NEW YORK (GenomeWeb News) – The molecular signatures associated with a child's immune response to respiratory syncytial virus may provide hints to the severity of lower respiratory tract infections the virus causes, according to a new study in PLOS Medicine.
Starting with blood samples from hundreds of infants infected with RSV, human rhinovirus, or influenza over half a dozen cold and flu seasons, the Ohio State University College of Medicine's Octavio Ramilo and colleagues from the US and Finland used array-based gene expression profiling to track down a transcriptional signature coinciding with RSV infection.
The team validated that signature in three more groups of American or Finnish infants with lower respiratory infections, before narrowing in on expression patterns that proved useful for distinguishing the most serious RSV cases — in particular, those that involved extensive hospital stays or supplemental oxygen treatments.
In addition to providing a potential avenue for future RSV diagnostic and/or prognostic tests, study authors noted that the transcripts involved in the RSV infection and severity signatures are expected to help in understanding the immune system peculiarities associated with RSV infection.
"[T]his study provides evidence of the profound systemic dysregulation of both the innate and adaptive immune response induced by RSV infection in children," Ramilo and his co-authors wrote, "and confirms the value of gene expression profiling as a practical and powerful strategy to objectively stratify children with acute RSV [lower respiratory tract infections]."
Although lower respiratory tract infections involving RSV can become quite severe in infants and children, the researchers noted, there is currently no accurate way of predicting which cases will lead to hospitalization and other forms of advanced care.
"[T]here is a clear need to understand the immune response to RSV and how it relates to disease pathogenesis, progression, and severity," they wrote.
To that end, the team turned to a set of blood samples prospectively collected from 156 infants with RSV infections, 16 infants with influenza, and 30 infants with human rhinovirus at hospitals in the US and Finland.
After dividing samples from the 135 cases with acute RSV infection into four different cohorts, they used Illumina arrays to assess expression patterns in the 45 samples from RSV-infected infants in one of the cohorts, designated the training cohort.
Compared to samples from 14 unaffected controls, the RSV-positive samples in the training group showed differential expression for more than 2,300 transcripts, the study's authors reported.
Researchers verified that transcript signature using samples from dozens more RSV cases and controls before taking a crack at using it to classify individuals in another validation group comprised of 16 infants with RSV infections and four without. There, they found that expression profiles at the 2,317 transcripts could correctly identify all but one of the samples from children with RSV infection.
In a final validation cohort that included 28 RSV-infected infants and eight uninfected infants, the team saw that the same transcript signature, used in conjunction with a different expression array, could correctly classify 27 of the infected infants.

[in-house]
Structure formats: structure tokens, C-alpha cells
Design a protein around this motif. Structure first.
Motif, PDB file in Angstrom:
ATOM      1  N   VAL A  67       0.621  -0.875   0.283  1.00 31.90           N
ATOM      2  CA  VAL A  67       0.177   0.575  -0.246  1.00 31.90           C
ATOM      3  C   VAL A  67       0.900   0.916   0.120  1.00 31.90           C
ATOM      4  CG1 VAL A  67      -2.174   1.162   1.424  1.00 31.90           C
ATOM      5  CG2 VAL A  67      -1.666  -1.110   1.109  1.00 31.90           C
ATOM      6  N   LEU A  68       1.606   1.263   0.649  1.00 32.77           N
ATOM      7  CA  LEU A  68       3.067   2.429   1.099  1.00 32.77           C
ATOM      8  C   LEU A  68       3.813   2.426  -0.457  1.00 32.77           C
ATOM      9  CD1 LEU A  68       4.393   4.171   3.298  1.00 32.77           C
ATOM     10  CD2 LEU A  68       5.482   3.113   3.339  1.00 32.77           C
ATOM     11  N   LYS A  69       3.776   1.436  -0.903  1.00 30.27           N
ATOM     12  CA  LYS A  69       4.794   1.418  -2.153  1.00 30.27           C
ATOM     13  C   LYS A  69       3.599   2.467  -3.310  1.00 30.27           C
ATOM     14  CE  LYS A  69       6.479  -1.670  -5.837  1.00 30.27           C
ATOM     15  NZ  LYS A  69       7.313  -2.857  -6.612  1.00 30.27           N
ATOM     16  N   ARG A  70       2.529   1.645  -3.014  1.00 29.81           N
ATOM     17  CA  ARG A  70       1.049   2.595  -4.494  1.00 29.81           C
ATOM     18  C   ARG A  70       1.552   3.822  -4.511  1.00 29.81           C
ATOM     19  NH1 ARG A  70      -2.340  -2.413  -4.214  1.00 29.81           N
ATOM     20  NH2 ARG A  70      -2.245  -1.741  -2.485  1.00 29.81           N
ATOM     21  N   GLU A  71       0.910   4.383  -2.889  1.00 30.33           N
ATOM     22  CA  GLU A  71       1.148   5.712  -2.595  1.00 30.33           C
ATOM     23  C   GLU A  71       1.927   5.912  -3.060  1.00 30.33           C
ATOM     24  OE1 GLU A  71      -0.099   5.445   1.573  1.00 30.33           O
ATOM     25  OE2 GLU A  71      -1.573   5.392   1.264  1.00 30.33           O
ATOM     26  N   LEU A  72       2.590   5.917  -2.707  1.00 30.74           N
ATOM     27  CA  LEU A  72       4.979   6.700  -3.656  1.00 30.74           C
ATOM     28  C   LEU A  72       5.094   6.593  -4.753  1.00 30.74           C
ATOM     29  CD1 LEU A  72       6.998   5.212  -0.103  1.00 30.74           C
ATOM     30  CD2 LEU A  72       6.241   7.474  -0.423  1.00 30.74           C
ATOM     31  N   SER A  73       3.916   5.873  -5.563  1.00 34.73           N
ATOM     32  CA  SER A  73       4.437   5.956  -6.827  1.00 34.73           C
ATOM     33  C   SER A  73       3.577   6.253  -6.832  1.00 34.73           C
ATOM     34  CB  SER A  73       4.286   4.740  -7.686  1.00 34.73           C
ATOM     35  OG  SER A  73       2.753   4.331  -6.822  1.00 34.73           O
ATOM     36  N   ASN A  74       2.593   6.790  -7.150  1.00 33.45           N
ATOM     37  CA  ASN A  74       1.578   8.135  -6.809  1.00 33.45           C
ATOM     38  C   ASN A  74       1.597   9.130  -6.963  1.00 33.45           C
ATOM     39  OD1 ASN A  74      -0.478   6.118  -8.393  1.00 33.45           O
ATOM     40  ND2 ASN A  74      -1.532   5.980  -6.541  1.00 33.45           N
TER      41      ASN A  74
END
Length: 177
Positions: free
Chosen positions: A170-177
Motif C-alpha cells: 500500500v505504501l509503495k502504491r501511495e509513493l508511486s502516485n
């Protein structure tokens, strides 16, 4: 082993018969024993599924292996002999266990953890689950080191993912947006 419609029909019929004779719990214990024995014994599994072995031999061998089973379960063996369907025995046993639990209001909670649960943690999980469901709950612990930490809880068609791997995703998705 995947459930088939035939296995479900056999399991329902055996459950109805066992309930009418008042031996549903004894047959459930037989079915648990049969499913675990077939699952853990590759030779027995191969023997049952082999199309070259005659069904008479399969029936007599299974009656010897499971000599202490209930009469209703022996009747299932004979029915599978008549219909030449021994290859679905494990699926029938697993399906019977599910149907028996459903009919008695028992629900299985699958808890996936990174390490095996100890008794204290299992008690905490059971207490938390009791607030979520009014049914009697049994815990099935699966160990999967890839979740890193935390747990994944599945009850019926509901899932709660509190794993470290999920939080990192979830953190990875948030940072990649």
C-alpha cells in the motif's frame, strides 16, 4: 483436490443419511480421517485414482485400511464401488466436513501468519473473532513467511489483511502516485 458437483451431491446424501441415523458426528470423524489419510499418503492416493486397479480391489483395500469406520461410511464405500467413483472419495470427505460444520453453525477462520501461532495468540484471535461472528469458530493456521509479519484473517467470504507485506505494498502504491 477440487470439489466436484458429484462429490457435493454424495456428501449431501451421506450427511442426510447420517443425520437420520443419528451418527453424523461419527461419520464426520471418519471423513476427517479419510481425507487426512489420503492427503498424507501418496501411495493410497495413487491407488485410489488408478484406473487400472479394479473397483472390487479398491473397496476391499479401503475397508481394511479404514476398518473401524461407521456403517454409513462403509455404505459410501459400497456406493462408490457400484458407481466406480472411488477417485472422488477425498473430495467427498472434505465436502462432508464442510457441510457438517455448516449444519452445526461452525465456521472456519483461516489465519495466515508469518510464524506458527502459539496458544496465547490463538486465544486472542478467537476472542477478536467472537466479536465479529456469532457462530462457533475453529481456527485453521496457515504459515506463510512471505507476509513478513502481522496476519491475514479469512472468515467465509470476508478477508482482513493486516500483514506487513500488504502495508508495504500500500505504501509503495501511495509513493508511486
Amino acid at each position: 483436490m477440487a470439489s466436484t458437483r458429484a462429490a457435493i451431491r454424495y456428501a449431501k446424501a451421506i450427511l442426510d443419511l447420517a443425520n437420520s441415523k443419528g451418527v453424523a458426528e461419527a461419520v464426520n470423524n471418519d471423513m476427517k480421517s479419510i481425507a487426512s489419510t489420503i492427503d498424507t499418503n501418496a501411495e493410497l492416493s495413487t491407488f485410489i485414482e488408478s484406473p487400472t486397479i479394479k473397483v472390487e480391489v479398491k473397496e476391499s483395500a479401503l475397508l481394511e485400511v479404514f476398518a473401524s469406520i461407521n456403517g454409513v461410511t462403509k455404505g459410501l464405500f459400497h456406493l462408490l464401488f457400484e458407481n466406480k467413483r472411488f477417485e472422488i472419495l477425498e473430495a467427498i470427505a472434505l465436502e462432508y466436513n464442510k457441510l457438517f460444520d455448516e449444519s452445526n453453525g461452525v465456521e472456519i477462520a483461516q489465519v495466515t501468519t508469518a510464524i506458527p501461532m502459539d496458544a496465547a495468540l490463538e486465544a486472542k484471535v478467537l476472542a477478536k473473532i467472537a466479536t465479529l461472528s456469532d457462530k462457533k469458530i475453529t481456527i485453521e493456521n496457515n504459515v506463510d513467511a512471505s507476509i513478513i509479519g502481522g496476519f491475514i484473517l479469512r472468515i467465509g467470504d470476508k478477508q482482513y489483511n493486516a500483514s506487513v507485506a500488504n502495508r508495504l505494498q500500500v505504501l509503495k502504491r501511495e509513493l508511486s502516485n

The signature also distinguished between samples from infants with RSV and those with other types of respiratory tract infections — including those caused by the influenza virus or human rhinovirus — with around 94 percent sensitivity and 98 percent specificity.
When they looked at the nature of the genes behind the expression signature, the investigators saw that inflammation and innate immune genes were among those showing a jump in expression in those with RSV infections, while levels of genes contributing to adaptive immune functions often waned.
And based on the extent of the expression shift for 1,536 transcripts in the RSV-related signature, the group reported, it was possible to begin making predictions about which cases would progress to the point of requiring lengthy hospital stays and/or treatments such as supplemental oxygen.
In particular, results of the study suggest that infants with especially low expression of genes coding for adaptive immune contributors and high expression of inflammation-related transcripts tended to have more severe RSV infections, while those with milder infections showed an extra boost in innate immune gene expression.
Although the transcript signatures unearthed in the analysis "were derived only from infants requiring hospitalization, which represents the tips of the iceberg of the disease spectrum caused by RSV," study authors noted, "it serves as a reference, and warrants future research including studies with earlier, sequential samples as well as samples from infants with milder RSV infection who are managed as outpatients."
In a perspectives article appearing alongside the study in PLOS Medicine, the Imperial College, London's Peter Openshaw opined on the work as well as the broader impact of potential expression-based tests for assessing RSV and other respiratory viral infections affecting children.
"With multiplex testing for combinations of disease subtypes (or "endophenotypes") becoming ever more feasible as a near-patient diagnostic aid," Openshaw wrote, such studies "may give rise to new and informative tests that help to define the pathogenesis of disease on an individual basis and thus dictate clinical management."